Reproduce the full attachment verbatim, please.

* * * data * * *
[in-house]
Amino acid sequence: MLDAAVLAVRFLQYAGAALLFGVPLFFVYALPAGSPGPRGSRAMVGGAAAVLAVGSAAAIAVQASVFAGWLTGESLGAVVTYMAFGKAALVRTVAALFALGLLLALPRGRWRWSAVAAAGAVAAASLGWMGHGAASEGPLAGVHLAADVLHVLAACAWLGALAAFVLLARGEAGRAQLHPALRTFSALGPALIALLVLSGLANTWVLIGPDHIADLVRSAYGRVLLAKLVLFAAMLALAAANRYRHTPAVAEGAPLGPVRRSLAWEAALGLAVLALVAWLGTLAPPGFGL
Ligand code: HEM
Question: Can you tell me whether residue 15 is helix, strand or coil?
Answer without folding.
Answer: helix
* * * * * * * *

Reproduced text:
[in-house]
Amino acid sequence: MLDAAVLAVRFLQYAGAALLFGVPLFFVYALPAGSPGPRGSRAMVGGAAAVLAVGSAAAIAVQASVFAGWLTGESLGAVVTYMAFGKAALVRTVAALFALGLLLALPRGRWRWSAVAAAGAVAAASLGWMGHGAASEGPLAGVHLAADVLHVLAACAWLGALAAFVLLARGEAGRAQLHPALRTFSALGPALIALLVLSGLANTWVLIGPDHIADLVRSAYGRVLLAKLVLFAAMLALAAANRYRHTPAVAEGAPLGPVRRSLAWEAALGLAVLALVAWLGTLAPPGFGL
Ligand code: HEM
Question: Can you tell me whether residue 15 is helix, strand or coil?
Answer without folding.
Answer: helix